When is a social enterprise financially sustainable?
3 keys to financial soundness
Social enterprises are hybrid organizations, living in the intersection between business and social impact. Often innovative, they are cause-driven firms that tackle complex social problems through entrepreneurial means. Among the different challenges a social entrepreneur usually faces, keeping the social enterprise financially sustainable all along its journey probably comes first. But exactly, what do we mean by “financial soundness“? And what are key aspects a social entrepreneur should bear in mind to achieve it?
Financially sustainable social enterprise
According to Bowman (2011), financial sustainability refers to the ability of an organization to maintain financial capacity over time. In other words, it’s all about acquiring, managing and optimizing economic resources to: (1) cover general/recurring costs of operations, (2) seize new opportunities and (3) be able to react to unexpected events (i.e. pandemic, economic crises, etc.).
For most social enterprises finding this balance is a key challenge. As a matter of fact, maintaining financial sustainability over time while pursuing the social impact mission can get quite complex. In the next sections, we briefly introduce the 3 main pillars able to make any social enterprise financially sustainable in the long run.
1. Access to capital
We all know that saying, “it takes money in order to make money”, right? Even though a social enterprise’s first goal is to ignite positive change, money is still the necessary pre-condition to begin running a business. So, social companies need to access capital too.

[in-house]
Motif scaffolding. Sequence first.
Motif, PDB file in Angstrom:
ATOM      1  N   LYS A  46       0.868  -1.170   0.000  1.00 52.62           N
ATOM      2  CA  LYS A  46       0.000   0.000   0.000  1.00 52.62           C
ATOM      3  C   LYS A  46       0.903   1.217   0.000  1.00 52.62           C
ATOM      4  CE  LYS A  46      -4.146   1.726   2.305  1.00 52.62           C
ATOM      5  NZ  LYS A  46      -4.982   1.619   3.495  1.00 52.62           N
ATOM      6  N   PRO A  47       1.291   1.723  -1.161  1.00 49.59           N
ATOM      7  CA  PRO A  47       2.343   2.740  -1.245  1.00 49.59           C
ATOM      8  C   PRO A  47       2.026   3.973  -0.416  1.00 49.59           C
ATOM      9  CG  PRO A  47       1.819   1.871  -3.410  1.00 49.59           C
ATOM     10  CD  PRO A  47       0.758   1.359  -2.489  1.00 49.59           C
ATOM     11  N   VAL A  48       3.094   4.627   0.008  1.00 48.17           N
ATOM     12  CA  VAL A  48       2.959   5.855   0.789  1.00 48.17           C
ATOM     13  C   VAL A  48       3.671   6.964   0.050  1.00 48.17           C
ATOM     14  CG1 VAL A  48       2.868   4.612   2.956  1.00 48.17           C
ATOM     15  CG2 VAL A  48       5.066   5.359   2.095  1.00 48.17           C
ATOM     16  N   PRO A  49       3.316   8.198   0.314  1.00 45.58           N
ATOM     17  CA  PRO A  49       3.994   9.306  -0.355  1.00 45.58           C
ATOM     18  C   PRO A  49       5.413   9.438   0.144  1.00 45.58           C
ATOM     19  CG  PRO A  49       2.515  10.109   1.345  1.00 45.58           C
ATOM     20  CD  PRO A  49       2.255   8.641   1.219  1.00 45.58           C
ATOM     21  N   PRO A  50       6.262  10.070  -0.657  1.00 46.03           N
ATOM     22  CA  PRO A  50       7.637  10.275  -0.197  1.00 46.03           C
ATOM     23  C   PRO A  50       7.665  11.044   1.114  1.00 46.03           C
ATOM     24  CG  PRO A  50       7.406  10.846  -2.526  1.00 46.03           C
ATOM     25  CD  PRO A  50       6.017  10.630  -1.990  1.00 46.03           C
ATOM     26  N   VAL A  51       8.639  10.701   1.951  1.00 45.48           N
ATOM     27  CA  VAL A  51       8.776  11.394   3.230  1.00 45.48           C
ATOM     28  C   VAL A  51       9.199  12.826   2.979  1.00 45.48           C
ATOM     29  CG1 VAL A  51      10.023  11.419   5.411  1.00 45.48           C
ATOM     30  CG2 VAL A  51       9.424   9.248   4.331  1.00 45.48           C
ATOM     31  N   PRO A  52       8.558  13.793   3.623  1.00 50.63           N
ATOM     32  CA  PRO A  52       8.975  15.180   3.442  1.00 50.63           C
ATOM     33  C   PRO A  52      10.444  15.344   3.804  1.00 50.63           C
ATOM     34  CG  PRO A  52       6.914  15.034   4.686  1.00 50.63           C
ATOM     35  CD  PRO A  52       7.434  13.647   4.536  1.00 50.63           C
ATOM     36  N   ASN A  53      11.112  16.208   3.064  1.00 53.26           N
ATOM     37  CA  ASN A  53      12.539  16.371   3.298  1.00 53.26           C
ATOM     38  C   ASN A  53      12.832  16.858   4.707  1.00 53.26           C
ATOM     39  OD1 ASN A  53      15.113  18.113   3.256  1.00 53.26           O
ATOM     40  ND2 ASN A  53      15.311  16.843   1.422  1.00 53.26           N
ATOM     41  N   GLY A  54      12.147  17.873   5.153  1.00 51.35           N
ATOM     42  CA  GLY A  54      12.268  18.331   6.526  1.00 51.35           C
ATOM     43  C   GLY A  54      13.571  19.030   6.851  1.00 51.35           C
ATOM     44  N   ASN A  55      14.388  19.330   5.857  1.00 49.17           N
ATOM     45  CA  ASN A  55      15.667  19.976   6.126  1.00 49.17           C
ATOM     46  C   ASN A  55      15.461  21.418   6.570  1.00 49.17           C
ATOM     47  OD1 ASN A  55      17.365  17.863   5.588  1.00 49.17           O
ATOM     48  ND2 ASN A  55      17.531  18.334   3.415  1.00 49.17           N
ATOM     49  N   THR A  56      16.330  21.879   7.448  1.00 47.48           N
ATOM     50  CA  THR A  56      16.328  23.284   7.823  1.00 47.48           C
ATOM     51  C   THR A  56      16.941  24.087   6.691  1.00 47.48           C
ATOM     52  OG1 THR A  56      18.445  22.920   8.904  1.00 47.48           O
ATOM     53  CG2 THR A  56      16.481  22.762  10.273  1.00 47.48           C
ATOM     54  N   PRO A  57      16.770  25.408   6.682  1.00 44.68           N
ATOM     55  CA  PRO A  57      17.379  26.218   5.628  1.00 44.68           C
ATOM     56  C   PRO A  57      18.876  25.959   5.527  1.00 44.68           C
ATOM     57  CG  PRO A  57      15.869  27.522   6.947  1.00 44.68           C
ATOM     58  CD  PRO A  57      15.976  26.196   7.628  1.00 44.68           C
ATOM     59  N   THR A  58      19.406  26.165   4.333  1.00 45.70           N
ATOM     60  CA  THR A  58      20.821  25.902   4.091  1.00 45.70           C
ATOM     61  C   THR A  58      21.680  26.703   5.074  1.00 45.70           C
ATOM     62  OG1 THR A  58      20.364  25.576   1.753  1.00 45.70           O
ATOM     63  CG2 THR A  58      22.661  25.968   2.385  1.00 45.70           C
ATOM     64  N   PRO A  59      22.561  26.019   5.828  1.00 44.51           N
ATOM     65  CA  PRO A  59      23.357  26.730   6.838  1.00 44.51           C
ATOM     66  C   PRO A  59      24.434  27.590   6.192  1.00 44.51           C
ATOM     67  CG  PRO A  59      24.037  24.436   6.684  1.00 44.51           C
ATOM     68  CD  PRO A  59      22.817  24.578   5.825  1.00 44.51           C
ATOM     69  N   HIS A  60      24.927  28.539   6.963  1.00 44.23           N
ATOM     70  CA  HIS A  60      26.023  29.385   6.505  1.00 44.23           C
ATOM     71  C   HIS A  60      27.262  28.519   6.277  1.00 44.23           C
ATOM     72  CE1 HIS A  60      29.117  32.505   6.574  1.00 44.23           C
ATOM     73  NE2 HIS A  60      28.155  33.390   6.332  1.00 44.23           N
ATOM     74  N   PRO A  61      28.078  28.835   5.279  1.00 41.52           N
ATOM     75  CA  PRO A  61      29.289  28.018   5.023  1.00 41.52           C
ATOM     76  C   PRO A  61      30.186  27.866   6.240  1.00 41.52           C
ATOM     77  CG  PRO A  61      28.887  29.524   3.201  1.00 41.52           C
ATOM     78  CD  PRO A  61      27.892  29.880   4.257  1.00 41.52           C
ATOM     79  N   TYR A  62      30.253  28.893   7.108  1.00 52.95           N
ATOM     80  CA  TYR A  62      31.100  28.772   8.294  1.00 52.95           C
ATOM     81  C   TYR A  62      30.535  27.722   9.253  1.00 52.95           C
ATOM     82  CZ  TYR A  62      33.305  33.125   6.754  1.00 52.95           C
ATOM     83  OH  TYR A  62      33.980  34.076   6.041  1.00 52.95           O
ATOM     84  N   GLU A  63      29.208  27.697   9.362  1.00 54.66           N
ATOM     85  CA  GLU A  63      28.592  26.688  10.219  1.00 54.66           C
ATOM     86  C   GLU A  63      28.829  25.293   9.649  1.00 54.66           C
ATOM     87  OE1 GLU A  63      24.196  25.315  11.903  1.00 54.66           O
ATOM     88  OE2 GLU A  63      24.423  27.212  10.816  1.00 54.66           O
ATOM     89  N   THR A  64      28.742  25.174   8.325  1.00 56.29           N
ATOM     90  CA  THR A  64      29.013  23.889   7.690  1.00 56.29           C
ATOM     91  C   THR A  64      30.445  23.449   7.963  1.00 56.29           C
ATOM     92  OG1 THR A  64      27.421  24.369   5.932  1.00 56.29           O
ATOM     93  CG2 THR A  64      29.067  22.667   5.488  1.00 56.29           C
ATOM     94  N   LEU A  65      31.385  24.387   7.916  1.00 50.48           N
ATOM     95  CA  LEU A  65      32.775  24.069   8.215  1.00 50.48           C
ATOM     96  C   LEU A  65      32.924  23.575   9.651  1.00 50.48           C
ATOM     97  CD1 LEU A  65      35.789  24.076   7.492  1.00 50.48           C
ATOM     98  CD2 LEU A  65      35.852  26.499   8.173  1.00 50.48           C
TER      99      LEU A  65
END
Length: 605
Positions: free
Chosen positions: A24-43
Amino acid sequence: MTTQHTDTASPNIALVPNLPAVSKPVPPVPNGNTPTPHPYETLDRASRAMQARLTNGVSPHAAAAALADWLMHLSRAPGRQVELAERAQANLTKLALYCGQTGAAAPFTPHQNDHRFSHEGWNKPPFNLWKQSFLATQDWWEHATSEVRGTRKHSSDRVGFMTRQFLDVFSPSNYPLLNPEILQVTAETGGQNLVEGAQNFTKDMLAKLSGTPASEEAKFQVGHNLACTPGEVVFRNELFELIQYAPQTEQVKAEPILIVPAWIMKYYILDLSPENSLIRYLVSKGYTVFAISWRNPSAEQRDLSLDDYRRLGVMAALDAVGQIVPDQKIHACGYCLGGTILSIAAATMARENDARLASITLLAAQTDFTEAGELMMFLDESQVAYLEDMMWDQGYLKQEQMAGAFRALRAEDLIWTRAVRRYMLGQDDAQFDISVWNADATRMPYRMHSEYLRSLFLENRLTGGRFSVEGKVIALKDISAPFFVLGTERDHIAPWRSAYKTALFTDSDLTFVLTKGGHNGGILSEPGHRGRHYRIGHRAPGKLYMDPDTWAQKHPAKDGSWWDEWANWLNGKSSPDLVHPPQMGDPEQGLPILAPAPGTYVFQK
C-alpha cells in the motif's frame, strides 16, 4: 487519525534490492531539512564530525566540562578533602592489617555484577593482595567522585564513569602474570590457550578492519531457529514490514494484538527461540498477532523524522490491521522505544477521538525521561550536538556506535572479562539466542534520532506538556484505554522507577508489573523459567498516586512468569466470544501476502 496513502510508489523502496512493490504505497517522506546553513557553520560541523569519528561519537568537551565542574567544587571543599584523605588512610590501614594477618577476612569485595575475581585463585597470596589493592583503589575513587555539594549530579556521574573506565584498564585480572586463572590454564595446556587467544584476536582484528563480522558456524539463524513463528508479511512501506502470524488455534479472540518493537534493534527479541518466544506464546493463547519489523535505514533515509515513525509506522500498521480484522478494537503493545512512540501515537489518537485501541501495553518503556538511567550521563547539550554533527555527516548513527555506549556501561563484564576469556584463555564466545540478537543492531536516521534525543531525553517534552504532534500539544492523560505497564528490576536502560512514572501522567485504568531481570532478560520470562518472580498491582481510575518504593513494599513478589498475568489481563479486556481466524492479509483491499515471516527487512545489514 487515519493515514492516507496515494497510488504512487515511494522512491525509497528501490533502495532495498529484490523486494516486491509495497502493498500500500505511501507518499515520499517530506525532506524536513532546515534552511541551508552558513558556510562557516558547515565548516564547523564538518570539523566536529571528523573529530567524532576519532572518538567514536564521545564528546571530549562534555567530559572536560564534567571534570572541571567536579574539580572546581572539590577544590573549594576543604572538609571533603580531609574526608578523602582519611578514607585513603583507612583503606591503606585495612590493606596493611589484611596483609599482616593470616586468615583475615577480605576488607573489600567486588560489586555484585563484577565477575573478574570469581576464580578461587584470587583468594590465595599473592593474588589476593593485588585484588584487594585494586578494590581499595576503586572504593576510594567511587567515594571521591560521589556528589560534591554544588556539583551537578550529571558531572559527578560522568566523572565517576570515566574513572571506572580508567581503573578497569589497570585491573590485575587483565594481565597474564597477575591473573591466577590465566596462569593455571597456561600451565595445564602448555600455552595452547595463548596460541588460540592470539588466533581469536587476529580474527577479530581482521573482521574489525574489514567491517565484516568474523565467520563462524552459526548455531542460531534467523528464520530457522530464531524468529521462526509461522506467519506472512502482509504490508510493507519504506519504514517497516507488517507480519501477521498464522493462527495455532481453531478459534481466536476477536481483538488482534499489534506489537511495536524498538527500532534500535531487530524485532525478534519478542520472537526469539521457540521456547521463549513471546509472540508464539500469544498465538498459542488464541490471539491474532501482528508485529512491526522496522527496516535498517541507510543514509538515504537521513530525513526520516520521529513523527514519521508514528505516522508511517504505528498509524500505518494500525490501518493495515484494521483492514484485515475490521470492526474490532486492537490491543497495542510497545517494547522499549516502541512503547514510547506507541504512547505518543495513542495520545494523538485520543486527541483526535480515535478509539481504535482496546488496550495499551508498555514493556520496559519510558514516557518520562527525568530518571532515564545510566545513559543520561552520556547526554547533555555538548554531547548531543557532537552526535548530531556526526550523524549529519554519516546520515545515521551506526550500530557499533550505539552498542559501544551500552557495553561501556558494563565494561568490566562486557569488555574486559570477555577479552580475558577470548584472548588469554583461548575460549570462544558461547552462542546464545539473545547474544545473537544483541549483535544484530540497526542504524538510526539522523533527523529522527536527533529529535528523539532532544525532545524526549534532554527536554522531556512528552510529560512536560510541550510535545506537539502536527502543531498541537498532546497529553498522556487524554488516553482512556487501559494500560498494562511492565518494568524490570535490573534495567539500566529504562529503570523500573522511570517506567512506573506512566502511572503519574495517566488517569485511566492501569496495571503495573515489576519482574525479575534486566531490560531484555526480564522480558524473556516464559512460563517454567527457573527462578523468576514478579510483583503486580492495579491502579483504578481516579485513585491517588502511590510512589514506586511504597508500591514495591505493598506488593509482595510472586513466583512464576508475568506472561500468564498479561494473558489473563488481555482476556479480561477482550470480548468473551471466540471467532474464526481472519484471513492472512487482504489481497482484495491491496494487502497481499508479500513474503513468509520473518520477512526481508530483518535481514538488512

Regardless of the way it gets funded (i.e. self-funded by the entrepreneur, loan, equity infusion, etc.), a social enterprise should seek easy, inexpensive access to capital at every stage of its life. In fact, being able to minimize the costs of capital is crucial to enhance the chances of being financially sustainable.
We know it, we know it. Most of the times, you probably encountered social enterprises with not-for-profit structures. But don’t get confused here: these companies can still pursue profit-making. What they cannot do, instead, is distributing their profits. In fact, in most countries a social firm can retaining its profits and use them to sustain, develop and even grow its business.
Because of that, being able to make a profit out of the business activities becomes vital, as it’s a way not to end up eroding the capital base.
3. Positive Cash flow
“Do you have enough liquidity on your bank account to pay your bills?”. Cash flow specifically relates to this question, as it is an essential indicator to assess a firm’s flexibility and liquidity.
In fact, some companies might look solid and financially sustainable. Yet, they might be unable to spend a single penny they have on paper. For example, this is what happens when customers are late with paying bills or when a lot of money has gone in inventory. Technically, money are “there”, however they cannot freely be used nor spent. That’s why social enterprises too must seek positive cash flows, in order to be able to pay salaries and expenses, settle debts, return capital to shareholders and so forth.
In this article, we briefly introduced 3 key components to financial sustainability.
First, it is important for social enterprises to get access to inexpensive (or, at least, not-too-expensive) capital, trying to minimize its costs as much as possible. Secondly, they should seek profitability, since profits can be reinvested by the enterprise to further enhance and scale its activities or used as buffer against future financial challenges. Lastly, having a positive cash flow can allow these firms to keep the business up and running.
In conclusion, we believe any aspiring changemaker should bear in mind these concepts when launching a new social enterprise. Do you agree with that? Do you think there are other fundamental components to prioritize? If so, please let us know in the comment section below!
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